No doubt President Bush's Whitehall speech will be remembered for its "three pillars" -- Bush's metaphorical framework for the peace and security of free nations. Maybe more significant, however, are the two "Ifs."
If No. 1: "If the Middle East remains a place where freedom does not flourish, it will remain a place of stagnation and anger and violence for export," Bush said. "As we saw in the ruins of two towers, no distance on the map will protect our lives and way of life."
If No. 2: "If the greater Middle East joins the democratic revolution that has reached much of the world, the lives of millions in that region will be bettered, and a trend of conflict and fear will be ended at its source."
The two "Ifs" take us to a crossroads, staring down uncharted paths through what I take to be our relationship with the Islamic world. After all, the only non-Islamic country in the Middle East, Israel, long ago joined the "democratic revolution" Bush invoked. (The president himself indicated the Islamic-ness of his two conditions when, soon after stating them, he noted, critically, "We're told that Islam is somehow inconsistent with a democratic culture.")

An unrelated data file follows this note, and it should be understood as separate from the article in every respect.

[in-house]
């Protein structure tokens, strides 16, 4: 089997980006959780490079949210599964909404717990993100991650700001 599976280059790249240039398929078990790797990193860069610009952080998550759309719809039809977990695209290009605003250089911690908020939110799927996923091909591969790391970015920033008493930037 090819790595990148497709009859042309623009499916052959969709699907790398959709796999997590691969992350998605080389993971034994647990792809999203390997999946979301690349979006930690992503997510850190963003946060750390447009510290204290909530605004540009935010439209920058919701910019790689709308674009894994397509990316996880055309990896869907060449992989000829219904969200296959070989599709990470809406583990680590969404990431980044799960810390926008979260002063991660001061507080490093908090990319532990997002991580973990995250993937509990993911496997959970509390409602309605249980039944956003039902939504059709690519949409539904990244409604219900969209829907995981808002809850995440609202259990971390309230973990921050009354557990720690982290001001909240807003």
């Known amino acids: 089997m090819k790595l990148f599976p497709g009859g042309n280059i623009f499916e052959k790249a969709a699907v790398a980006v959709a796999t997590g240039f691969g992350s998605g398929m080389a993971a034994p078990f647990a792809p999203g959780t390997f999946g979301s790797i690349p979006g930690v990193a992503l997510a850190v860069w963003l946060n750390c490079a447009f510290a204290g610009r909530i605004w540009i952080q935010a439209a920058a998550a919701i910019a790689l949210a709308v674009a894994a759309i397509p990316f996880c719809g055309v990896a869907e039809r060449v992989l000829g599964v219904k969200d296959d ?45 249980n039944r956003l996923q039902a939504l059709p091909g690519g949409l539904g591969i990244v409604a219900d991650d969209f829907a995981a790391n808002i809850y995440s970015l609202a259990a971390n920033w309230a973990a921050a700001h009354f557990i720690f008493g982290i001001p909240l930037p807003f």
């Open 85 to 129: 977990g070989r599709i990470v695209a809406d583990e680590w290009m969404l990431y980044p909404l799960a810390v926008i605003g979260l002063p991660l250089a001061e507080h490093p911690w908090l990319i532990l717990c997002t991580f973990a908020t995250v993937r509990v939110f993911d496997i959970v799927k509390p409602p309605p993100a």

If No. 2, obviously, is the preferred destination for all nations resting on Bush's three pillars. But how to get there from here, and how to avoid the blind alleys along the way?
According to Bush, "the most helpful" action "is to change our own thinking" -- namely, to change what he called "a certain skepticism about the capacity or even the desire of Middle Eastern peoples for self-government." As he put it, "It is not realism to suppose that one-fifth of humanity is unsuited to liberty. It is pessimism and condescension, and we should have none of it."
This rather muscular line drew applause, bulging as it does with an infectious vigor. Still, as someone unconvinced that Islam is consistent with "democratic culture" -- if democratic culture includes freedom of worship, freedom of speech, and equality of men and women before the law -- I would say the concern is not so much that "Middle Eastern peoples" are incapable of self-government, but rather that the governments they would likely form would little resemble the kinds of democracies that now coexist, finally, in peace and relative harmony.